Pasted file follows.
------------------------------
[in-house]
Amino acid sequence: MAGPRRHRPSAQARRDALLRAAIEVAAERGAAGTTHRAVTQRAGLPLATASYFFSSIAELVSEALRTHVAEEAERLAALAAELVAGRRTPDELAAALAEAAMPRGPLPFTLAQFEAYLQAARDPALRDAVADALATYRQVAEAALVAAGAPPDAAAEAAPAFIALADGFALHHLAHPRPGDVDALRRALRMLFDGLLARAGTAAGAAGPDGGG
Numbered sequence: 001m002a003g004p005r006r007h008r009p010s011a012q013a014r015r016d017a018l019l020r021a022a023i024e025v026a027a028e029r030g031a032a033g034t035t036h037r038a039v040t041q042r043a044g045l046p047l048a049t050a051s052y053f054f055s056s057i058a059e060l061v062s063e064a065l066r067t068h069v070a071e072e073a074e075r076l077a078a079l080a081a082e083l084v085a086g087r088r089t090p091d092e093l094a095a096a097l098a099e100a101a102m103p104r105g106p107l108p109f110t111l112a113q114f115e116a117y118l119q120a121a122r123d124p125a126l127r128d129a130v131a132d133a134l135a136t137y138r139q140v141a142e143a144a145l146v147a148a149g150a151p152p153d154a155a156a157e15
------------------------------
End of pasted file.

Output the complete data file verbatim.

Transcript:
[in-house]
Amino acid sequence: MAGPRRHRPSAQARRDALLRAAIEVAAERGAAGTTHRAVTQRAGLPLATASYFFSSIAELVSEALRTHVAEEAERLAALAAELVAGRRTPDELAAALAEAAMPRGPLPFTLAQFEAYLQAARDPALRDAVADALATYRQVAEAALVAAGAPPDAAAEAAPAFIALADGFALHHLAHPRPGDVDALRRALRMLFDGLLARAGTAAGAAGPDGGG
Numbered sequence: 001m002a003g004p005r006r007h008r009p010s011a012q013a014r015r016d017a018l019l020r021a022a023i024e025v026a027a028e029r030g031a032a033g034t035t036h037r038a039v040t041q042r043a044g045l046p047l048a049t050a051s052y053f054f055s056s057i058a059e060l061v062s063e064a065l066r067t068h069v070a071e072e073a074e075r076l077a078a079l080a081a082e083l084v085a086g087r088r089t090p091d092e093l094a095a096a097l098a099e100a101a102m103p104r105g106p107l108p109f110t111l112a113q114f115e116a117y118l119q120a121a122r123d124p125a126l127r128d129a130v131a132d133a134l135a136t137y138r139q140v141a142e143a144a145l146v147a148a149g150a151p152p153d154a155a156a157e15